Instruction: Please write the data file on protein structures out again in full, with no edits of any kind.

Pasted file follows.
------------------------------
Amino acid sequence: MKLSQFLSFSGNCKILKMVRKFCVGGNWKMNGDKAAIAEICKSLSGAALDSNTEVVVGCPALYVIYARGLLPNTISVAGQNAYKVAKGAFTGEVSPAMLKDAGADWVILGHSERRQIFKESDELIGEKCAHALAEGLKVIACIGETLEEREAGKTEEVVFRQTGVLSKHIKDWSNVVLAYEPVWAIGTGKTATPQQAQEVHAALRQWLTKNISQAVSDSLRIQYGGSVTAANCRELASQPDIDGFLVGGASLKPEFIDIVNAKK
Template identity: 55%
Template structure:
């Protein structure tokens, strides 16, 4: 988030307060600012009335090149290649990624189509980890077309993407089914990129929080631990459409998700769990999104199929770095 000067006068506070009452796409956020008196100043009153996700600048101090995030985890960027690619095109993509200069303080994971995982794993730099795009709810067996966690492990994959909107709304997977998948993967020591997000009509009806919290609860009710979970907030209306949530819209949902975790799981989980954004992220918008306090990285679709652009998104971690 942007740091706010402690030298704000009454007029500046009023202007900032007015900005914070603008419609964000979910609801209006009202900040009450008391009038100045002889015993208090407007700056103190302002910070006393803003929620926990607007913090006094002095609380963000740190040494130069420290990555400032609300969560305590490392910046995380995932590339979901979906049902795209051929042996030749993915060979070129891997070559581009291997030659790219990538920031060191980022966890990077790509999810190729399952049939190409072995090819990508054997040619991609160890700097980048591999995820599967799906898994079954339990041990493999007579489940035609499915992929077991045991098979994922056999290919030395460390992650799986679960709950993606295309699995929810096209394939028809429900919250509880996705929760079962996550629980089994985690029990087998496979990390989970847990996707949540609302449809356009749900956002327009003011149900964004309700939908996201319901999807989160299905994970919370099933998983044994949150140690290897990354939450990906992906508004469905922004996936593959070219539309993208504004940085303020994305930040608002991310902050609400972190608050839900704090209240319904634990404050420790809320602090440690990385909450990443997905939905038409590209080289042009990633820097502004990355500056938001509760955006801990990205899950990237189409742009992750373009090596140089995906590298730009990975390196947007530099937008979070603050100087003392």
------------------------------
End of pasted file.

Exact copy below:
Amino acid sequence: MKLSQFLSFSGNCKILKMVRKFCVGGNWKMNGDKAAIAEICKSLSGAALDSNTEVVVGCPALYVIYARGLLPNTISVAGQNAYKVAKGAFTGEVSPAMLKDAGADWVILGHSERRQIFKESDELIGEKCAHALAEGLKVIACIGETLEEREAGKTEEVVFRQTGVLSKHIKDWSNVVLAYEPVWAIGTGKTATPQQAQEVHAALRQWLTKNISQAVSDSLRIQYGGSVTAANCRELASQPDIDGFLVGGASLKPEFIDIVNAKK
Template identity: 55%
Template structure:
């Protein structure tokens, strides 16, 4: 988030307060600012009335090149290649990624189509980890077309993407089914990129929080631990459409998700769990999104199929770095 000067006068506070009452796409956020008196100043009153996700600048101090995030985890960027690619095109993509200069303080994971995982794993730099795009709810067996966690492990994959909107709304997977998948993967020591997000009509009806919290609860009710979970907030209306949530819209949902975790799981989980954004992220918008306090990285679709652009998104971690 942007740091706010402690030298704000009454007029500046009023202007900032007015900005914070603008419609964000979910609801209006009202900040009450008391009038100045002889015993208090407007700056103190302002910070006393803003929620926990607007913090006094002095609380963000740190040494130069420290990555400032609300969560305590490392910046995380995932590339979901979906049902795209051929042996030749993915060979070129891997070559581009291997030659790219990538920031060191980022966890990077790509999810190729399952049939190409072995090819990508054997040619991609160890700097980048591999995820599967799906898994079954339990041990493999007579489940035609499915992929077991045991098979994922056999290919030395460390992650799986679960709950993606295309699995929810096209394939028809429900919250509880996705929760079962996550629980089994985690029990087998496979990390989970847990996707949540609302449809356009749900956002327009003011149900964004309700939908996201319901999807989160299905994970919370099933998983044994949150140690290897990354939450990906992906508004469905922004996936593959070219539309993208504004940085303020994305930040608002991310902050609400972190608050839900704090209240319904634990404050420790809320602090440690990385909450990443997905939905038409590209080289042009990633820097502004990355500056938001509760955006801990990205899950990237189409742009992750373009090596140089995906590298730009990975390196947007530099937008979070603050100087003392």